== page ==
, Salem, MA

June 14, 2013

Reps debate how many gas leaks to repair

By Alan Burke
Staff writer

---- — If it smells like gas when you’re out for your afternoon walk, it probably is.

The North Shore shares one of the nation’s oldest infrastructures for natural gas, and it’s no surprise that those ancient, cast-iron pipes are suffering from cracks and leaks.

What to do about it seems to have divided two prominent North Shore legislators. Rep. John Keenan (D-Salem) is sponsoring a bill designed to address two issues, encouraging repairs on the most dangerous leaks and enabling gas companies to expand their reach to more people.

Rep. Lori Ehrlich (D-Marblehead) sees Keenan’s bill as both a bit too little and a bit too much. She is promoting her own measure, which mandates repairs on significantly more leaks. And she expresses skepticism at efforts to expand natural gas availability, suggesting it could lead to charging ratepayers for pipes that send the gas to foreign markets.

Despite this, both representatives downplay their differences.

“My bill is actually based on Lori’s bill last session, which was unanimously adopted,” Keenan said. “I don’t think we’re in opposition.”

“We have quite a bit of agreement,” Ehrlich said, “especially when it comes to gas leaks.”

Keenan cited colleagues who are hearing pleas from homeowners wanting gas. “As difficult as it is for my friends in the oil business to hear, gas is half the cost,” he said.

In addition, he sees access to shale gas being recovered through hydraulic fracking in New York and Pennsylvania as key to creating a 700-megawatt, gas-fired power plant in Salem. To help the gas companies expand, his bill includes language allowing them to raise rates to finance the work. In the past, such increases came after the work was finished.

“The ratepayers are going to pay for it either way,” he said. The Department of Public Utilities “will set the rates so there is no rate shock.”

Natural gas recovered by fracking has the potential to make the United States independent of foreign sources, providing a bridge to renewable energies like solar, he added.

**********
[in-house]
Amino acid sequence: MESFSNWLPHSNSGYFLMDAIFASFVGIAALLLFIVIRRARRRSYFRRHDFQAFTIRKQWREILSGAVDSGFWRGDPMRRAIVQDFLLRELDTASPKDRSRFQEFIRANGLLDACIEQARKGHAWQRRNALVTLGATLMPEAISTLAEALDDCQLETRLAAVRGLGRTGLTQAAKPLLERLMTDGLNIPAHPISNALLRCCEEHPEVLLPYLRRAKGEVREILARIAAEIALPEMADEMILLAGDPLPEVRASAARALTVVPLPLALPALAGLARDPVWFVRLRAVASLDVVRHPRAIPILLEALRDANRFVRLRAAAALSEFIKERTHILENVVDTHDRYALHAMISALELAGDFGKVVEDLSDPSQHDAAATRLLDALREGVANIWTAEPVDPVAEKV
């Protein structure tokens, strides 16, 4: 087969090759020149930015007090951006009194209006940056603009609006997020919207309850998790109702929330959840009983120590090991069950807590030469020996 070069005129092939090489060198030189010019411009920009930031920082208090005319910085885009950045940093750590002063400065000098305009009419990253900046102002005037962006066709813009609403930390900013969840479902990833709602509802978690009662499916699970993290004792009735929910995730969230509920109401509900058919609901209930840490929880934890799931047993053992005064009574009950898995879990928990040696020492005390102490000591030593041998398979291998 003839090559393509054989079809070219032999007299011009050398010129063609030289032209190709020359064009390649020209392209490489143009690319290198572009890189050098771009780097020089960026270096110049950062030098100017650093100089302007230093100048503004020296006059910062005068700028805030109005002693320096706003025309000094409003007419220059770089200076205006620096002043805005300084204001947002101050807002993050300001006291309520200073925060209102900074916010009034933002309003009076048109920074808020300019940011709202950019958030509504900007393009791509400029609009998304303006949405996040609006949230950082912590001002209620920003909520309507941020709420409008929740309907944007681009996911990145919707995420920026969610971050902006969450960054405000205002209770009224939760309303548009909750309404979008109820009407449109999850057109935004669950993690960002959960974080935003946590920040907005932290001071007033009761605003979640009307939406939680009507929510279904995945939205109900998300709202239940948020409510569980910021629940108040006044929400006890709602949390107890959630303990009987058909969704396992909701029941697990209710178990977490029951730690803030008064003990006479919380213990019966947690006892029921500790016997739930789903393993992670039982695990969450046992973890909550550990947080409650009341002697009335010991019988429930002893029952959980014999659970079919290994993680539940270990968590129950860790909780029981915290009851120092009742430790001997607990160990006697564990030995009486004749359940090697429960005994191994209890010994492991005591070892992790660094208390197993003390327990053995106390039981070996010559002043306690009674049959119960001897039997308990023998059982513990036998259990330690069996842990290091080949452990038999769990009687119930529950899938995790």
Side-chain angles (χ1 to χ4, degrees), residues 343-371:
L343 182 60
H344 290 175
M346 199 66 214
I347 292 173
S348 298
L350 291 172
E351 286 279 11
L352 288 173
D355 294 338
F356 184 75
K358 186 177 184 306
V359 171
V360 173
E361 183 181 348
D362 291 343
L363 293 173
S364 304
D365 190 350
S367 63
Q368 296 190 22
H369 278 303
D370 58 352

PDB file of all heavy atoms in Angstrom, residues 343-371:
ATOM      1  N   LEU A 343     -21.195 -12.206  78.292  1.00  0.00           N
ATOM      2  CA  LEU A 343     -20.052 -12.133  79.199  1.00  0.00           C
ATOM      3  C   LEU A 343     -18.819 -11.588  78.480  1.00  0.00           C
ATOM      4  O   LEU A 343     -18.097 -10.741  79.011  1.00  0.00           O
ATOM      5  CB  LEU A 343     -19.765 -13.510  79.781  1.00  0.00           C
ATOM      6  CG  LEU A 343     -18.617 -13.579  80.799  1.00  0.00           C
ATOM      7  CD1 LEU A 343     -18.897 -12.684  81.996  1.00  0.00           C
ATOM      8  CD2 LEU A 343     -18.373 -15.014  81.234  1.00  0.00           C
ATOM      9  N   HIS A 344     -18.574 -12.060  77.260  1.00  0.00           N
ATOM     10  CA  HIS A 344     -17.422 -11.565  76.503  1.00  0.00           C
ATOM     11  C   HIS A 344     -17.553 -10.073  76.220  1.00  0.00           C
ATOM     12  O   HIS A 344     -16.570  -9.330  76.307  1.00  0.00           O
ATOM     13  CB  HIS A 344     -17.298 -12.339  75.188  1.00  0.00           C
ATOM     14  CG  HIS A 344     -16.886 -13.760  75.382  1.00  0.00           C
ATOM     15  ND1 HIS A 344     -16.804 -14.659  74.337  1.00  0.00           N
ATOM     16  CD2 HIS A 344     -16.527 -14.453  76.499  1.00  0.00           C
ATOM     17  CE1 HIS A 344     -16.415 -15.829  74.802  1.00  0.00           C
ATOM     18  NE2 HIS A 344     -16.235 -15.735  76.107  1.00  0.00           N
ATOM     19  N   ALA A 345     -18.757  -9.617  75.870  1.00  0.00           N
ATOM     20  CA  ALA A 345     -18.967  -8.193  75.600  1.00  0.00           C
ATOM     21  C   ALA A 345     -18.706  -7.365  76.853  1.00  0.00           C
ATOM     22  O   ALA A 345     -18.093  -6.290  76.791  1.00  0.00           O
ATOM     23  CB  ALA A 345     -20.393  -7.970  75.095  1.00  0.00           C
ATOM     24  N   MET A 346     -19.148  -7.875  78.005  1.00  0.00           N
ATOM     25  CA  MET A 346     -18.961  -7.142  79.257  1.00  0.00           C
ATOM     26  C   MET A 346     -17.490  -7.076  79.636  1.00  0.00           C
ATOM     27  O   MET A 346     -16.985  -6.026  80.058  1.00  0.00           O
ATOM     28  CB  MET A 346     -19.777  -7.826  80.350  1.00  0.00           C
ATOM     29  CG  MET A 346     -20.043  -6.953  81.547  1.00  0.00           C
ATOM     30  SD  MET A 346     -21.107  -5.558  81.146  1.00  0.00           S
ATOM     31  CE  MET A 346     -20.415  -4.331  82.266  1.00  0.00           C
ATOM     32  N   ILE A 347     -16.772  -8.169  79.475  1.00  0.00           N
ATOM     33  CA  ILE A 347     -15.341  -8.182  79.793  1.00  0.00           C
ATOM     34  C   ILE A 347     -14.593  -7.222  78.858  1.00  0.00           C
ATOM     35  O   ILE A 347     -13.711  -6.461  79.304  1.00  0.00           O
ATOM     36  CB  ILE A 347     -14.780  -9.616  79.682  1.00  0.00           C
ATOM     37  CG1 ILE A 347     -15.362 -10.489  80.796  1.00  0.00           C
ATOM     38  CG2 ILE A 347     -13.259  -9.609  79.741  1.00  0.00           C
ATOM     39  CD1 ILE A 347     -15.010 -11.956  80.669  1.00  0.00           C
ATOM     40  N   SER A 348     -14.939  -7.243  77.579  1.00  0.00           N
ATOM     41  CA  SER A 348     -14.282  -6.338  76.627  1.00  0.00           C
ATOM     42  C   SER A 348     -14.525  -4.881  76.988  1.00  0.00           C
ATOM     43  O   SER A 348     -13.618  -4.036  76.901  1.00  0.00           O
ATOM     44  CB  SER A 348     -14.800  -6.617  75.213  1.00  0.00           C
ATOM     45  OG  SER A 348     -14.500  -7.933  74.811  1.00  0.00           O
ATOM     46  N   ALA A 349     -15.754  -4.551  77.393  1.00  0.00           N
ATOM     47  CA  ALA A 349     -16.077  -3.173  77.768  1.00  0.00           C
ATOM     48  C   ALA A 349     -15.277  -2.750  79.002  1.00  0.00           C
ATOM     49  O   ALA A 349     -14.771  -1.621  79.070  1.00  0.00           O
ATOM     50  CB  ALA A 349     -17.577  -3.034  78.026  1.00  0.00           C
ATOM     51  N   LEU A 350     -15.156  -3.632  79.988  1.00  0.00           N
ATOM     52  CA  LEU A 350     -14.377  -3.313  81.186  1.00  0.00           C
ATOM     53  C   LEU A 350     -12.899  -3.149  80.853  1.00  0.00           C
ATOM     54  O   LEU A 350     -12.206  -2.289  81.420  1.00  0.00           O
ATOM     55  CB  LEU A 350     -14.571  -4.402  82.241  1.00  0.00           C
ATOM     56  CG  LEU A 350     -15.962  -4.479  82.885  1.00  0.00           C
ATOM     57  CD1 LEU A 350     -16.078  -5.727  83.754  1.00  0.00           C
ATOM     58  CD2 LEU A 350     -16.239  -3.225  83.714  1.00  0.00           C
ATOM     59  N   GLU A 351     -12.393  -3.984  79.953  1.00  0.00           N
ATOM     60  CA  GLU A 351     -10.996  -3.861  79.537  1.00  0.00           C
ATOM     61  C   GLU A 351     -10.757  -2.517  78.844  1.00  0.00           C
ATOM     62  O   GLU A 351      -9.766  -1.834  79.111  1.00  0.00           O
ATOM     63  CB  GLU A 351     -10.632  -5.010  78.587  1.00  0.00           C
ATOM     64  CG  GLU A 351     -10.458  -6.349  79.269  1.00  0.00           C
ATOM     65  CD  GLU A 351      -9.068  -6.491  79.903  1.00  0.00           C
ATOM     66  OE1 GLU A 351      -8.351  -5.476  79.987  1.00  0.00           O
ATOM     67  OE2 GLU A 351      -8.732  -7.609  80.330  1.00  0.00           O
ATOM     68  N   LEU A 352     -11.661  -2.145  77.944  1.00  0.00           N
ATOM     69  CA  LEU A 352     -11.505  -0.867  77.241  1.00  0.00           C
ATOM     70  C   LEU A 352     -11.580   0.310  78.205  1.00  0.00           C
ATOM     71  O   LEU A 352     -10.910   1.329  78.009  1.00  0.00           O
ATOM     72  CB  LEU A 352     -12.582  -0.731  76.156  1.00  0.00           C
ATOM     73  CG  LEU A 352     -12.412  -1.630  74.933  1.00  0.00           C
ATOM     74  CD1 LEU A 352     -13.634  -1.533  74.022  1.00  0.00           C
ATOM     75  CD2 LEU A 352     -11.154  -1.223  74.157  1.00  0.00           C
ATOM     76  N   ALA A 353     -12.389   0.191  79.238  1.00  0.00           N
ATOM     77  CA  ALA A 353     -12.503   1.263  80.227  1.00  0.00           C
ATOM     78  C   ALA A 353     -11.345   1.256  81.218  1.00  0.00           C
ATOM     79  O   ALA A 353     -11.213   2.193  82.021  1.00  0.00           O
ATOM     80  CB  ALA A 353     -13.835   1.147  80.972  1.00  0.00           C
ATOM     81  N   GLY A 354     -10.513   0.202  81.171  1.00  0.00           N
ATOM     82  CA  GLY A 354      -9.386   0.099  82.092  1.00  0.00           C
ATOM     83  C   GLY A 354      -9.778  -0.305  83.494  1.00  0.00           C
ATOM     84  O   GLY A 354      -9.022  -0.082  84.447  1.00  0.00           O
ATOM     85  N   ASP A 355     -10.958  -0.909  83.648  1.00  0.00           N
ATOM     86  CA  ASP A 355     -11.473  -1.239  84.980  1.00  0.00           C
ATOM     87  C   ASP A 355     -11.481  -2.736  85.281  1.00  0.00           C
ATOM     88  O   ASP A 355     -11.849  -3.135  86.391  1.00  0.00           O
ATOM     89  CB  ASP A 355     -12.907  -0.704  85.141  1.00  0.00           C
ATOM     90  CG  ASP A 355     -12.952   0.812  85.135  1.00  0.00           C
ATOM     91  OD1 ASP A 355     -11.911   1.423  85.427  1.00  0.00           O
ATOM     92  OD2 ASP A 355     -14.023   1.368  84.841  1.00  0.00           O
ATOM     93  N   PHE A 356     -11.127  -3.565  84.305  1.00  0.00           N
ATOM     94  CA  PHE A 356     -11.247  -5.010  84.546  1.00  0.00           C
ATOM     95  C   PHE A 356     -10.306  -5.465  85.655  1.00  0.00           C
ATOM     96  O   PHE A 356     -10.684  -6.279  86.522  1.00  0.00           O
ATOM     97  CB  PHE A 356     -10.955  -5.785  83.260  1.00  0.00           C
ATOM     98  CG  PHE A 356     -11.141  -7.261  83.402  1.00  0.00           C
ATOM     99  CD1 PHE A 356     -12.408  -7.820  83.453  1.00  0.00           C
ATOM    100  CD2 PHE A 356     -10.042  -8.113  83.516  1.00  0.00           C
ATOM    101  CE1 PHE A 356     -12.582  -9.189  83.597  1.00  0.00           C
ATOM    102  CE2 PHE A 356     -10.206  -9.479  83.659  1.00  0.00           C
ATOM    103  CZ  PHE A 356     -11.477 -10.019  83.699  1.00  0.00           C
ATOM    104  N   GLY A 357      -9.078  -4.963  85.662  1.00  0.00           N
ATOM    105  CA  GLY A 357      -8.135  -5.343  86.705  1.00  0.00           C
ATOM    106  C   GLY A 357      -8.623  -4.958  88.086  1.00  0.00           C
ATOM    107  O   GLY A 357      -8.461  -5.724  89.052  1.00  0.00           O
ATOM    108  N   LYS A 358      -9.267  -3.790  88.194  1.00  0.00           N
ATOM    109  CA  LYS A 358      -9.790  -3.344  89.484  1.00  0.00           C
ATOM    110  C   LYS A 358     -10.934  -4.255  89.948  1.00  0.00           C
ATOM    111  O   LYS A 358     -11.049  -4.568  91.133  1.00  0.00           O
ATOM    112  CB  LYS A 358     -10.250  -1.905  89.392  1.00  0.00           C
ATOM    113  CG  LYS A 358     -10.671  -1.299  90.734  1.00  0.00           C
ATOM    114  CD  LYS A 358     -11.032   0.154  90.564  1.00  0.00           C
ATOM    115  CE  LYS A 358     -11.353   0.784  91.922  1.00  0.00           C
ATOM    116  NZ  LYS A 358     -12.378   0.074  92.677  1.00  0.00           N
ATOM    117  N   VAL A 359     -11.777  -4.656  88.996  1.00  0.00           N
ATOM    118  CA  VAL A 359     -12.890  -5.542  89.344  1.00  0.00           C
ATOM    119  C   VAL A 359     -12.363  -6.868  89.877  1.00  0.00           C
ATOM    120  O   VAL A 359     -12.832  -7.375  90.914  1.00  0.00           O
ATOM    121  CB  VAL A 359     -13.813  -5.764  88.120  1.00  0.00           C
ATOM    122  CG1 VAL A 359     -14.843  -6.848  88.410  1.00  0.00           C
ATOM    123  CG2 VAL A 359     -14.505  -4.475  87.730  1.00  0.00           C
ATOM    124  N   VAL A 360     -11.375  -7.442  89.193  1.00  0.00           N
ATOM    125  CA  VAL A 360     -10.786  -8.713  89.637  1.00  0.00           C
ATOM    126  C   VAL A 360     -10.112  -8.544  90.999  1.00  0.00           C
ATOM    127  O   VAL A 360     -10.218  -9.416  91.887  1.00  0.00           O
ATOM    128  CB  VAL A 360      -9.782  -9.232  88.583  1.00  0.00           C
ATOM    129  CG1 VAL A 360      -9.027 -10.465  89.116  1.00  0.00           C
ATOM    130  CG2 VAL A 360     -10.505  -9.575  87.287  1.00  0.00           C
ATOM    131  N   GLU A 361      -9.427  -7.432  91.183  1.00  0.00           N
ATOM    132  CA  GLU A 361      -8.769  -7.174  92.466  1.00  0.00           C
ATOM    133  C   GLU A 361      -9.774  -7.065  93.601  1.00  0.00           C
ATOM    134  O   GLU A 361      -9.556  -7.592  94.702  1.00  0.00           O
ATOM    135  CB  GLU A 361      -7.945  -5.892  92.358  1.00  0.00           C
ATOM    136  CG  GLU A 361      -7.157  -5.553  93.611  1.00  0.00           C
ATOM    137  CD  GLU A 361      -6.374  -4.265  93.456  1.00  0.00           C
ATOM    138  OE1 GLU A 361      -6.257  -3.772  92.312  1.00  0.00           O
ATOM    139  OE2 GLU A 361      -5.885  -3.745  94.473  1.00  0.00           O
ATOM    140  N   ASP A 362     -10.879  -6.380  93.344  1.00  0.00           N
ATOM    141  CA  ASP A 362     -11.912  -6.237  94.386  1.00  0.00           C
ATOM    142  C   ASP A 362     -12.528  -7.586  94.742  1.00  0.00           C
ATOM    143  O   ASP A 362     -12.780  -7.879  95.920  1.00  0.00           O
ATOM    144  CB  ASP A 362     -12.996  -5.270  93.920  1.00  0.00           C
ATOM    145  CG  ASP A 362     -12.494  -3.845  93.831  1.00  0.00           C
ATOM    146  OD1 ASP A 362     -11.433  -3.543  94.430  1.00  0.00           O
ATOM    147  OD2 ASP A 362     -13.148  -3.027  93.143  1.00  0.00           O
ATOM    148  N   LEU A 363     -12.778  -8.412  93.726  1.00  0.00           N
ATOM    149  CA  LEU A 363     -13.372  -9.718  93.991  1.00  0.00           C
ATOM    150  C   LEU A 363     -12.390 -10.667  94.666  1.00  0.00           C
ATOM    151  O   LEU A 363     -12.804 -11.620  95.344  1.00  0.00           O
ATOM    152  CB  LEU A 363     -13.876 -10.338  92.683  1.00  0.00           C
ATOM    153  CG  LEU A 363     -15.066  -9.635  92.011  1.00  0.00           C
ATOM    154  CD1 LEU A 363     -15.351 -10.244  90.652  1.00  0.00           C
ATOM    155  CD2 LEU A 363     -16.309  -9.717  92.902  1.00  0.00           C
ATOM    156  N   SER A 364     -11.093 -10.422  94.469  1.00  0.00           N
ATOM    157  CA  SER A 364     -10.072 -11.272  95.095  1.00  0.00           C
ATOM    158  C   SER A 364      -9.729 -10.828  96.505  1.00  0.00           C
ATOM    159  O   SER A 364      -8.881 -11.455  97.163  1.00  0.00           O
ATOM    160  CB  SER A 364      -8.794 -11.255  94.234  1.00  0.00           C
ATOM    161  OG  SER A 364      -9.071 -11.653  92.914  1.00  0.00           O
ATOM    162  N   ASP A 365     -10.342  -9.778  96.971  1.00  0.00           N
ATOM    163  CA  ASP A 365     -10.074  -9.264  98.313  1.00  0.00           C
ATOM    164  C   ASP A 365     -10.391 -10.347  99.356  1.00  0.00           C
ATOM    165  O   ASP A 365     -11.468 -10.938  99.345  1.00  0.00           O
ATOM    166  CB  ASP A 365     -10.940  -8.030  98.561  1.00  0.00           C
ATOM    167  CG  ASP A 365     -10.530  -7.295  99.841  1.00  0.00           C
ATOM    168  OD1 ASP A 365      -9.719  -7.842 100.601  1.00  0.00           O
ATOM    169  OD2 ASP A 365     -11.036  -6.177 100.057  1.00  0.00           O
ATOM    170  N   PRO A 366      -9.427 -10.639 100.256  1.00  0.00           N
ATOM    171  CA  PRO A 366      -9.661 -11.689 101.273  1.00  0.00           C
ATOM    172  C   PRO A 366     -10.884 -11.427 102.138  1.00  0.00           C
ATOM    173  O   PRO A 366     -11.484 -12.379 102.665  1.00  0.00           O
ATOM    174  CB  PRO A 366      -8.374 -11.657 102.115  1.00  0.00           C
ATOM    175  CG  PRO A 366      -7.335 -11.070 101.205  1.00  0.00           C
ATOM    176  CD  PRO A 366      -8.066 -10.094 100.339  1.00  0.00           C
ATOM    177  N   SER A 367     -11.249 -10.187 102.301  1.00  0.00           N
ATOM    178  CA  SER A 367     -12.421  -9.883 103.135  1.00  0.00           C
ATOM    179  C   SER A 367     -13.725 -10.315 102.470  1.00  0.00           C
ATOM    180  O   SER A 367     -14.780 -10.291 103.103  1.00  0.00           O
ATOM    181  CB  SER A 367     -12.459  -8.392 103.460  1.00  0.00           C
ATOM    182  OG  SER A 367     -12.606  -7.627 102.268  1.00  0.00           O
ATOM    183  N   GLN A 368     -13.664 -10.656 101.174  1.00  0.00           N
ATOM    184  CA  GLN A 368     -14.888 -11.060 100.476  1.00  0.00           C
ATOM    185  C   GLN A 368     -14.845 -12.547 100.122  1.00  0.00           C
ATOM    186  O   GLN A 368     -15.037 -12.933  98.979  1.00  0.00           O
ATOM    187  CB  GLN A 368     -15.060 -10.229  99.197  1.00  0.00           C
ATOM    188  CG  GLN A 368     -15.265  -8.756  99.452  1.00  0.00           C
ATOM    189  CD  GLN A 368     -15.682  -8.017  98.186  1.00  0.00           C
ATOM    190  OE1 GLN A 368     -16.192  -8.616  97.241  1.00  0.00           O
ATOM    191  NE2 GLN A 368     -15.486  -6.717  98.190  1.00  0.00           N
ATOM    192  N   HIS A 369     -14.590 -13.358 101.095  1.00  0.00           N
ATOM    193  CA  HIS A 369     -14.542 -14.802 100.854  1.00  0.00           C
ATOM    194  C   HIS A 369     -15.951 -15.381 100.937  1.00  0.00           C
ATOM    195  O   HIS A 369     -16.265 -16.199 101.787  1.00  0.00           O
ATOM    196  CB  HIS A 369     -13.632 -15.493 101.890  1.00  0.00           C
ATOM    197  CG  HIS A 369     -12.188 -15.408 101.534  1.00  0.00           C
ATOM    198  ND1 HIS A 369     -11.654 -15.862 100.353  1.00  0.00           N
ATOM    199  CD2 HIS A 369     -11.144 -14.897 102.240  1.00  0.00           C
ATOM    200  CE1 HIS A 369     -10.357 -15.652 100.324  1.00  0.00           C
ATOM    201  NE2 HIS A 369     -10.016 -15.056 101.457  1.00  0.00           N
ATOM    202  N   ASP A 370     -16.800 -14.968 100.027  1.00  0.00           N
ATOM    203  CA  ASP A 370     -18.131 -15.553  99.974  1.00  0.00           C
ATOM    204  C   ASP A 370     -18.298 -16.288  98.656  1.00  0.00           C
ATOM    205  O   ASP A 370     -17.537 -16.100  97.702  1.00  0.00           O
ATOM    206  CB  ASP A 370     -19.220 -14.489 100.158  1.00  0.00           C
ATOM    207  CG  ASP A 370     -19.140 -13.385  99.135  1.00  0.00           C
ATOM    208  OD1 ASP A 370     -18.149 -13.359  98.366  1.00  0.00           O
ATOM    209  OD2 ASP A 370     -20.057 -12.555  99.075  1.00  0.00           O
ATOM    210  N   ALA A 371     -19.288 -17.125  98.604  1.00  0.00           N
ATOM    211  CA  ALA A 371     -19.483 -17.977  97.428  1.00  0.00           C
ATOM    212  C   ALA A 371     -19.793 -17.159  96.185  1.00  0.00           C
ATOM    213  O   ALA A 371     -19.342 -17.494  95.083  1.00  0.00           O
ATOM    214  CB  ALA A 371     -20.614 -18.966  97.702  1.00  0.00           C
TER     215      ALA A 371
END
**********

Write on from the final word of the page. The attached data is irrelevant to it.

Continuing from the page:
“I don’t think it’s a good plan to turn our backs on this abundant resource,” Keenan said.

As for leaks, Keenan’s bill allows gas leaks be to prioritized, with next-day repairs required for the most dangerous. Those labeled “hazardous” would not require immediate attention. A third category would include leaks that the gas company must “just be aware of,” but not necessarily repair.

Keenan points out that his bill has bipartisan support, with Rep. Brad Jones (R-North Reading) a co-sponsor.

In testimony before Keenan’s Joint Committee on Telecommunications, Utilities and Energy, however, Ehrlich estimated that there are 20,000 gas leaks across the commonwealth, spewing out roughly $38 million worth of methane yearly. The value of the gas belies concerns that capping the leaks would be too expensive, she said.

“Not only are these dollars wastefully floating up into the air, but methane is a far more climate-damaging gas than CO2. Most notoriously and tragically, these leaks often lead to explosions, property destruction, injury and death,” she said.

Keenan’s bill would require the gas companies to deal with fewer than 1,000 leaks, she said. Gas companies are indifferent to the losses generated by all the other leaks because ratepayers are charged for them, she said. “It’s as if they’re selling it.”

As to any expansion of gas pipelines, Ehrlich expressed “deep concern.” She noted that gas from the Marcellus Shale in New York and Pennsylvania is already earmarked for the “Bluegrass Pipeline,” which would send it to Texas and then abroad.

“This is great for the gas companies, but maybe not so great for ratepayers who will pay for the pipeline,” she told the committee. “Pennsylvania residents and (others) have had to endure damage to their water supplies and installation of pipelines next to their homes. People at the end of the pipeline have to endure cryogenic plants to liquefy the gas for export.”

The same thing could happen in Massachusetts, she said. But correcting this could be as simple as a change in the wording of the bill.

“I’m just saying, the language is so broad it opens up the possibility of ratepayers paying for the pipelines,” she said.

Staff writer Alan Burke can be reached at